How to prepare for this year's cold and flu season

Healthy Aging
Woman coughing into her arm and holding thermometer

Whether you're sneezing, coughing or feeling achy, sometimes it's difficult to know what's causing your symptoms. Is it just a pesky cold? Or could it be something more serious?

Getting a flu shot is an important step to take to safeguard everyone's health this winter. "Everyone age six months and older, including pregnant women, should get a flu shot every year, and this year is no different," says Laura Picciano, DO, primary care physician at Main Line Health in Roxborough.

While the flu shot won't protect you from other viruses, like COVID-19, both are contagious respiratory illnesses that can lead to pneumonia, more severe infections and hospitalization.

This winter, sorting through symptoms may seem even more confusing—and stressful. Here's how to prepare for this year's cold and flu season.

How to tell when you have the flu

With similar symptoms ranging from mild to severe, it's easy to mistake the flu for COVID-19. While both are caused by viruses, one of the telltale signs of the flu is that it tends to come on suddenly:

  • Onset: Symptoms develop abruptly.
  • Duration: Less than two weeks.
  • Symptoms: Coughing, sore throat, runny or stuffy nose, headaches, muscle or body aches, fatigue, fever or chills, vomiting and diarrhea (more common in children).
  • Care tips: Stay at home, rest in bed, drink a lot of fluids and avoid interacting with other people. If you are very sick or have a high risk for flu complications, your health care provider may prescribe an antiviral medication to help ease your symptoms.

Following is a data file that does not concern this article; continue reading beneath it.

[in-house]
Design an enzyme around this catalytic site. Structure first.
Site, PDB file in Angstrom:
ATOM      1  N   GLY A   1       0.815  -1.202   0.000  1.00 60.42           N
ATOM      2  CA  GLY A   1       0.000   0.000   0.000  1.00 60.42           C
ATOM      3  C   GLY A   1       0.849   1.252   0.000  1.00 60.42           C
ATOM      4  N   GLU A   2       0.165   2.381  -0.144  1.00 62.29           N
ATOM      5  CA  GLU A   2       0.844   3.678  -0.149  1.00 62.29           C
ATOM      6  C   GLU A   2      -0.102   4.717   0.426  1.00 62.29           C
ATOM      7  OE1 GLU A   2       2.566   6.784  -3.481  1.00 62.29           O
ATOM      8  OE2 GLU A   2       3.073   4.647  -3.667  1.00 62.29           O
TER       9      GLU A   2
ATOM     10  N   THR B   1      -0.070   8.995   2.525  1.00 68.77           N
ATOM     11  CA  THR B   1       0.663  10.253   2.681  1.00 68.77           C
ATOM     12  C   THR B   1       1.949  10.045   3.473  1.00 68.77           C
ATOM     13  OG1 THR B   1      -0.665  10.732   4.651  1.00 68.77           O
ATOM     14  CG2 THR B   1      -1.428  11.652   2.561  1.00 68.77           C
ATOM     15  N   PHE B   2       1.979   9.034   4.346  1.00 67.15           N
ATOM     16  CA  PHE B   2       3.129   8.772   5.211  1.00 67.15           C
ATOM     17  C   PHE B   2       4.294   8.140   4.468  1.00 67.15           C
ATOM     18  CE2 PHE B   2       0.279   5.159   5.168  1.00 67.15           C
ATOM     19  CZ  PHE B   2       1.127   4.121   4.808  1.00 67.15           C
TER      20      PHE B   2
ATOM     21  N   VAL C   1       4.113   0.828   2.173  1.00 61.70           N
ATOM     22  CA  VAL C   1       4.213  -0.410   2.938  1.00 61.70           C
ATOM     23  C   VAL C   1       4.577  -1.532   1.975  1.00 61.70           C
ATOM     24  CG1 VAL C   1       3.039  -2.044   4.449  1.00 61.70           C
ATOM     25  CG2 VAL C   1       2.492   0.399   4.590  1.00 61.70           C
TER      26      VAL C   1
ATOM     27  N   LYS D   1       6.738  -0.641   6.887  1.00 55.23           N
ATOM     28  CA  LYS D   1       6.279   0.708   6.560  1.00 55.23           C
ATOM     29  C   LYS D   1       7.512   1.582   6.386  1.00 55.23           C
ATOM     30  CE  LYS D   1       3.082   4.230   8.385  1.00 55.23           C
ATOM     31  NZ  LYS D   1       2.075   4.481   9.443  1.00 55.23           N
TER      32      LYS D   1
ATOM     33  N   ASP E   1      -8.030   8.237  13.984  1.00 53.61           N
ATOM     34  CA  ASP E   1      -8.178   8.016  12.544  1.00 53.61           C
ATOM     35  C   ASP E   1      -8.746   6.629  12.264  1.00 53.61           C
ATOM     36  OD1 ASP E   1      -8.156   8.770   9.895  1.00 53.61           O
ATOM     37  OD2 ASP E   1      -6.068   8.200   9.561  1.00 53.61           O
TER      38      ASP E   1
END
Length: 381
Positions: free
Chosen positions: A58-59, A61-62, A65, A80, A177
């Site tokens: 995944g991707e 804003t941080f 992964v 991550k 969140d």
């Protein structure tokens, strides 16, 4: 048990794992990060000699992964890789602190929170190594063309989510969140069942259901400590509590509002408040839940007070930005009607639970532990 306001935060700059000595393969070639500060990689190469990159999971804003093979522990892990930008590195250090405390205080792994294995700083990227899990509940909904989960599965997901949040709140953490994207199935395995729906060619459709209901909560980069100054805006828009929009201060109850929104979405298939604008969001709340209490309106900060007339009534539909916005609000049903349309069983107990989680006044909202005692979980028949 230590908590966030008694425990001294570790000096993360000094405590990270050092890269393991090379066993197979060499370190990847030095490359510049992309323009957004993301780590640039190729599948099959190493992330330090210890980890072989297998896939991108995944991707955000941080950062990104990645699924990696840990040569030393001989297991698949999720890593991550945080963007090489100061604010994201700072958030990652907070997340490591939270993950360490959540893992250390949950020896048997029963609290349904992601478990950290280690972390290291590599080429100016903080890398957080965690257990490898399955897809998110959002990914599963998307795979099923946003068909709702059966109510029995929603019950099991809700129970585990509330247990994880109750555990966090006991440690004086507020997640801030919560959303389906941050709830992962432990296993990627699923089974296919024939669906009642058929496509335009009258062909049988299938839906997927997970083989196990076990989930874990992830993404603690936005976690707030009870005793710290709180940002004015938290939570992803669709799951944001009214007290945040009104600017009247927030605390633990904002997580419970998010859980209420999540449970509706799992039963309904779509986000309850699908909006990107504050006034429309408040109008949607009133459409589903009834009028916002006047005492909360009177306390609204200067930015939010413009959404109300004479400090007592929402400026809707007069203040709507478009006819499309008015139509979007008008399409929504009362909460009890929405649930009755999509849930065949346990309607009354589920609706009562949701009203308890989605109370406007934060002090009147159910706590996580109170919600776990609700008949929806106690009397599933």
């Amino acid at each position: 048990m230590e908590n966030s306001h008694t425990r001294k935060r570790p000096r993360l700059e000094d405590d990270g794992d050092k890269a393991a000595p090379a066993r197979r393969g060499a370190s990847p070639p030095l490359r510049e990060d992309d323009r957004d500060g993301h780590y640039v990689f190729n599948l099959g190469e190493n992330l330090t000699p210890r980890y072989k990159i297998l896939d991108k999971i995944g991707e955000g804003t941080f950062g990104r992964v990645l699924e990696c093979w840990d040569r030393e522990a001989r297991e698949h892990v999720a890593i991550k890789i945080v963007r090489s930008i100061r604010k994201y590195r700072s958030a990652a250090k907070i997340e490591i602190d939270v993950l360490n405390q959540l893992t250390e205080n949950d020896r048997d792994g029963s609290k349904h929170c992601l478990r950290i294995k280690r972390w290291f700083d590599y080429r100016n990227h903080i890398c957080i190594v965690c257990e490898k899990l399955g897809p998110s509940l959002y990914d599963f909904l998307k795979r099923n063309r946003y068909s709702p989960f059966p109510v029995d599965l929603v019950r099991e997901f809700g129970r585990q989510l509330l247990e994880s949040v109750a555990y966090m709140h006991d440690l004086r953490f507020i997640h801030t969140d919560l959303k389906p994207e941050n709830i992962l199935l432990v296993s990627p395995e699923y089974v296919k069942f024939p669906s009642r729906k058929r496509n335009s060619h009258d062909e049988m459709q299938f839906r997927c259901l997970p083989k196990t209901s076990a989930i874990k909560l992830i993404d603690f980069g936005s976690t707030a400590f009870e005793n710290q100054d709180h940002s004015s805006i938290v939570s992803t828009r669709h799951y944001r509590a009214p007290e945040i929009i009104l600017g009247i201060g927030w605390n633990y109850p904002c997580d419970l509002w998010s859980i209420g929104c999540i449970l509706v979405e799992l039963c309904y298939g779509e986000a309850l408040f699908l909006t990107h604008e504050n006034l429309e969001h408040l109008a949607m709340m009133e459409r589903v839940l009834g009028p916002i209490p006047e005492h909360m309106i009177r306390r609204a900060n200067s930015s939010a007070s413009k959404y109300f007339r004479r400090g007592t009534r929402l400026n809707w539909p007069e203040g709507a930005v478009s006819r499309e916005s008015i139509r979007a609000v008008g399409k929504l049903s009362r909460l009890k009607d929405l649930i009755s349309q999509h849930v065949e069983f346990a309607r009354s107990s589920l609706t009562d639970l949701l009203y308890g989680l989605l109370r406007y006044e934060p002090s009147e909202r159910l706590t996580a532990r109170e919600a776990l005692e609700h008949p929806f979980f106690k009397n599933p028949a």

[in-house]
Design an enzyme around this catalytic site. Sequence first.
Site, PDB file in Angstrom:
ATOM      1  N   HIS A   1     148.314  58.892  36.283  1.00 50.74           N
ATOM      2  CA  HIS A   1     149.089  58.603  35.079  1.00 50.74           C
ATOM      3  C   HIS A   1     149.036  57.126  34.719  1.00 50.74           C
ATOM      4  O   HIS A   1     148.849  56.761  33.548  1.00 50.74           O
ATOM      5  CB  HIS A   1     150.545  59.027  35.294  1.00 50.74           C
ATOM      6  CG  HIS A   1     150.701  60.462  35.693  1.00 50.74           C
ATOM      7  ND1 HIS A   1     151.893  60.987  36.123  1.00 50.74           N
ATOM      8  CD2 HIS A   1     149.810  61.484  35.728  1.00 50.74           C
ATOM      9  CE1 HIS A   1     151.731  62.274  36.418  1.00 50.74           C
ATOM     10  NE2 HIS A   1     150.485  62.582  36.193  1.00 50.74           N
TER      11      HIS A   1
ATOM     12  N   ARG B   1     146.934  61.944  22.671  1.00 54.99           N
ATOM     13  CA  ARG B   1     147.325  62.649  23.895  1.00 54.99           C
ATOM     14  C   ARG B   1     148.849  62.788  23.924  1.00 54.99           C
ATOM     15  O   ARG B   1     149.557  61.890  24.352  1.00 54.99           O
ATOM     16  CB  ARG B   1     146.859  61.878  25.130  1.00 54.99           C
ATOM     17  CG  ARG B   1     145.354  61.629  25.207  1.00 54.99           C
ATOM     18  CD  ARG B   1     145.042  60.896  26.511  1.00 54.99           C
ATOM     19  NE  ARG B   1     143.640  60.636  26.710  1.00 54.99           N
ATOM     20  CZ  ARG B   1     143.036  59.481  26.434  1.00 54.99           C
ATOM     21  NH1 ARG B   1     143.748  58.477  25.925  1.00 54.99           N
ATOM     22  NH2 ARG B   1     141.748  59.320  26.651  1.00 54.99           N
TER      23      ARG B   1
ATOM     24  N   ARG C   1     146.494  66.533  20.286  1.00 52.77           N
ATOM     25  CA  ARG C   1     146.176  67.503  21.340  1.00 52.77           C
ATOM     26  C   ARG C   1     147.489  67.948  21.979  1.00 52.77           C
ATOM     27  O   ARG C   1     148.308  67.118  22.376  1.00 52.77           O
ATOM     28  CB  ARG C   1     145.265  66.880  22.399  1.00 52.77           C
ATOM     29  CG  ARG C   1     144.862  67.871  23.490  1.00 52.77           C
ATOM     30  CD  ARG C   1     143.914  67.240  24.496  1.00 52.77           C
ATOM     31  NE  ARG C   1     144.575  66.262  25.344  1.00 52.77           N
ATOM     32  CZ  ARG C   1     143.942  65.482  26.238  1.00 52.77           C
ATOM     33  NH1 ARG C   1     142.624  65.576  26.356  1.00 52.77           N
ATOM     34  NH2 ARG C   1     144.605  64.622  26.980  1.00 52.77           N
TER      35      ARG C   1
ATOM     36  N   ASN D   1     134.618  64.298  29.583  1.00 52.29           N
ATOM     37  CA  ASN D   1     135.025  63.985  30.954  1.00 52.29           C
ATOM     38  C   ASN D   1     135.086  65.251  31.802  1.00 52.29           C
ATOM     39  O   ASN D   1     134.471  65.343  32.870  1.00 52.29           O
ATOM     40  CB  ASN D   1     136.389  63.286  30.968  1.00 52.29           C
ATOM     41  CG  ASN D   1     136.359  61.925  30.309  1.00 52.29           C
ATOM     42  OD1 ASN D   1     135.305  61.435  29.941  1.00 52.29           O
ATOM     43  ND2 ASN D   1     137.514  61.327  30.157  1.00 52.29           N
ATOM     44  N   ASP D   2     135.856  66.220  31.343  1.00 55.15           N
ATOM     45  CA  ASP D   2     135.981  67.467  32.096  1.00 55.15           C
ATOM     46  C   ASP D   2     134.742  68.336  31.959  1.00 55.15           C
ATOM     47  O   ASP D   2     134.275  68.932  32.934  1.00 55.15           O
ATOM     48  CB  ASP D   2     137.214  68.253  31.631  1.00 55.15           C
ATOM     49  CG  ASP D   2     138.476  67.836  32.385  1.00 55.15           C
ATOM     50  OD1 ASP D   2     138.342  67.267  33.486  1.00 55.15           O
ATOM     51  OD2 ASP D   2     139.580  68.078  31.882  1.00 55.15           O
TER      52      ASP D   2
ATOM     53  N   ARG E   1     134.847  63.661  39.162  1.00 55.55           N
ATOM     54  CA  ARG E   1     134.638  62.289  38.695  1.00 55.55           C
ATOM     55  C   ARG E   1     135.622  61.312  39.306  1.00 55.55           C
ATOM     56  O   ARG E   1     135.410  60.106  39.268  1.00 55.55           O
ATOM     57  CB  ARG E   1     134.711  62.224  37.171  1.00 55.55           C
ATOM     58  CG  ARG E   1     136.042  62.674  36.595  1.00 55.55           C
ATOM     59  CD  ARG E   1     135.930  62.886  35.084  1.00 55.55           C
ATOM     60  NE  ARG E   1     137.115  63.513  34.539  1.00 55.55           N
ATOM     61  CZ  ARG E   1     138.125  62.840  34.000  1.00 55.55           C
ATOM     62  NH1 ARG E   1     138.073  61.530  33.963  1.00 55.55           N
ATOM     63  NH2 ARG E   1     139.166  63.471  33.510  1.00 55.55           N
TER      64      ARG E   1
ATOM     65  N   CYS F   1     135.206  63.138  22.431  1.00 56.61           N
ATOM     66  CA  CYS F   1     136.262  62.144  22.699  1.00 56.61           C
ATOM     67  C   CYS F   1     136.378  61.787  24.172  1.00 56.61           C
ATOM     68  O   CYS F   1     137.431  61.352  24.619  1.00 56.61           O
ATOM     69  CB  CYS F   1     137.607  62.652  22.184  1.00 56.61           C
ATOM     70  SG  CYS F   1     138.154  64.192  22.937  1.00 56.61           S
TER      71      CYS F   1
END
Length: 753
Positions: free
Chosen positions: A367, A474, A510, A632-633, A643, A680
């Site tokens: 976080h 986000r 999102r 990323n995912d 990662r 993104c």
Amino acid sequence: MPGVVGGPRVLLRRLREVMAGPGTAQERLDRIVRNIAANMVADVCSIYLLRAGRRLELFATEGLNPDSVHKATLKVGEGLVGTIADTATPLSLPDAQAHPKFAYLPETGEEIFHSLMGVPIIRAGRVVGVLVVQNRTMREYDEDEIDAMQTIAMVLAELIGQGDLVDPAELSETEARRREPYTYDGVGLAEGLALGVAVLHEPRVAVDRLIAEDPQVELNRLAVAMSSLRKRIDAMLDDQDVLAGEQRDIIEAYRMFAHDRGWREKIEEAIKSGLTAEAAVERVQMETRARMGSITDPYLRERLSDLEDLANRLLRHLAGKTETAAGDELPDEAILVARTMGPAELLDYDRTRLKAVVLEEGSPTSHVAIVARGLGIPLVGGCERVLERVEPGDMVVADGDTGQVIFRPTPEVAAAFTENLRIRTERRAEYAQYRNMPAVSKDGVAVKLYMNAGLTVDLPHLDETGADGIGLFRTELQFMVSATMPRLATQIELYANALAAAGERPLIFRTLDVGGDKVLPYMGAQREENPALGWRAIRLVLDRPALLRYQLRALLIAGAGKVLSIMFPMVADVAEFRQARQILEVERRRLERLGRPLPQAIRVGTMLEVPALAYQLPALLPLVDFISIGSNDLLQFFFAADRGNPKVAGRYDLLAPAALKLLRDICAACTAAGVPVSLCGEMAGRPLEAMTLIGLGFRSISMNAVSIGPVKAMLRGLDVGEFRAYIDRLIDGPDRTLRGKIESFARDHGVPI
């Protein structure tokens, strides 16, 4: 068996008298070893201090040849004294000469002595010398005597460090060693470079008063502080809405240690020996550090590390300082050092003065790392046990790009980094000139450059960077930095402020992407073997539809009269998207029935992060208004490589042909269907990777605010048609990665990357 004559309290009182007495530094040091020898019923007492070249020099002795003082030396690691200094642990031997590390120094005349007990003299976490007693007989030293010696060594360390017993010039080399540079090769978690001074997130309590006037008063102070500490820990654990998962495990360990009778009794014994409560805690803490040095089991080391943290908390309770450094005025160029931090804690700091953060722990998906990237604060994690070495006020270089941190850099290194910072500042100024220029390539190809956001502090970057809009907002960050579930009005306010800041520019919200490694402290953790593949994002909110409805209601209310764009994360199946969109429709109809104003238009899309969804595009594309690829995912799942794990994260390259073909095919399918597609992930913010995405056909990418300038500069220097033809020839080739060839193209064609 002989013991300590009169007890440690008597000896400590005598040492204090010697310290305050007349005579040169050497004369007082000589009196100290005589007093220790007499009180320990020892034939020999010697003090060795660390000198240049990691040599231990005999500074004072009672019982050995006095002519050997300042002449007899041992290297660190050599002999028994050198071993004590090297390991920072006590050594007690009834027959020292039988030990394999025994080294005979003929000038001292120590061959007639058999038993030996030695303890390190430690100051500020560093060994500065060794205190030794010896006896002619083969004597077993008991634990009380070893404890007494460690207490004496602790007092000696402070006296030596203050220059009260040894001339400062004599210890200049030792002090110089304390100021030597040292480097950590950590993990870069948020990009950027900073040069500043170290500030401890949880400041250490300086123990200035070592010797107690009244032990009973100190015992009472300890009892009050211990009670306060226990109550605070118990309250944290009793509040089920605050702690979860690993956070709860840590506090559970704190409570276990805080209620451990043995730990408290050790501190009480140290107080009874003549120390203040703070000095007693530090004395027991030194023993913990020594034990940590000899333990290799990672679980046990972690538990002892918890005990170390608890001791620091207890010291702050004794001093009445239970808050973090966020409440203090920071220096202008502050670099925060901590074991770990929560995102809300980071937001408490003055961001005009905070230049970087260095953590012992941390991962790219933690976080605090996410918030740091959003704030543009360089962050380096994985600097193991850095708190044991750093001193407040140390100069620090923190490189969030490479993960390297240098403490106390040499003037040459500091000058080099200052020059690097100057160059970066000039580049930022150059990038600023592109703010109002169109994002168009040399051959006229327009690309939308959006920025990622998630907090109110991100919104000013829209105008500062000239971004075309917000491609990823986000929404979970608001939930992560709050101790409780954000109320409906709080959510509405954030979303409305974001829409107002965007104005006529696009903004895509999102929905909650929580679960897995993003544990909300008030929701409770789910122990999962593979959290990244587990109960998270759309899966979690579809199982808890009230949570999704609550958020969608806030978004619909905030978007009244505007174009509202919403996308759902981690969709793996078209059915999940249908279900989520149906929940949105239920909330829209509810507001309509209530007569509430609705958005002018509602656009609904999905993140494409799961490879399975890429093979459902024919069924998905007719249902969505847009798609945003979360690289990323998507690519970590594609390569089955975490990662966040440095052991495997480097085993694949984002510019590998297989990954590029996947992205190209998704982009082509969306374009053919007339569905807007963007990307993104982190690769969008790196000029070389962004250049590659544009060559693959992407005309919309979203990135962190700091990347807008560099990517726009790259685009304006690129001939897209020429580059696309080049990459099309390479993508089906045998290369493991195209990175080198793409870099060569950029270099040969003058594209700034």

How to tell if you have coronavirus

Suspecting you have COVID-19 can be scary. And while there is cause for concern, remember that most cases are mild and don't require any special treatment:

  • Onset: Symptoms may appear two to 14 days after exposure to the virus.
  • Duration: A few days to a week (for most people).
  • Symptoms: Fever or chills, coughing, shortness of breath or difficulty breathing, fatigue, muscle or body aches, headaches, new loss of taste or smell, sore throat, congestion or runny nose, nausea or vomiting, diarrhea.
  • Care tips: "Contact your provider right away if you think you were exposed to the coronavirus," says Picciano. "If you have only mild symptoms, stay home in a room or area away from other people. Rest and drink a lot of fluids. See if over-the-counter medicines like acetaminophen help you feel better."

Picciano reminds patients that the flu and COVID-19 vaccinations are both cleared to be given at the same time for this season and both are recommended for all eligible patients. If you already have been vaccinated against COVID-19, check in with your primary care doctor to discuss a COVID-19 booster.

How to tell when you have a cold

Compared with the flu and COVID-19, the common cold usually doesn't cause a fever and has milder symptoms:

  • Onset: Symptoms tend to develop slowly.
  • Duration: About seven to 10 days.
  • Symptoms: Runny nose, sneezing, sore throat, coughing, slight body aches, headaches.
  • Care tips: Stay hydrated and get plenty of rest. Taking over-the-counter medicine can help manage your symptoms, too.

Now more than ever, make your health a priority. If you're experiencing any of these symptoms, call your primary care provider.

Main Line Health serves patients at hospitals and health centers throughout the western suburbs of Philadelphia. Save time and reserve your place in line at one of our Main Line Health Urgent Care centers.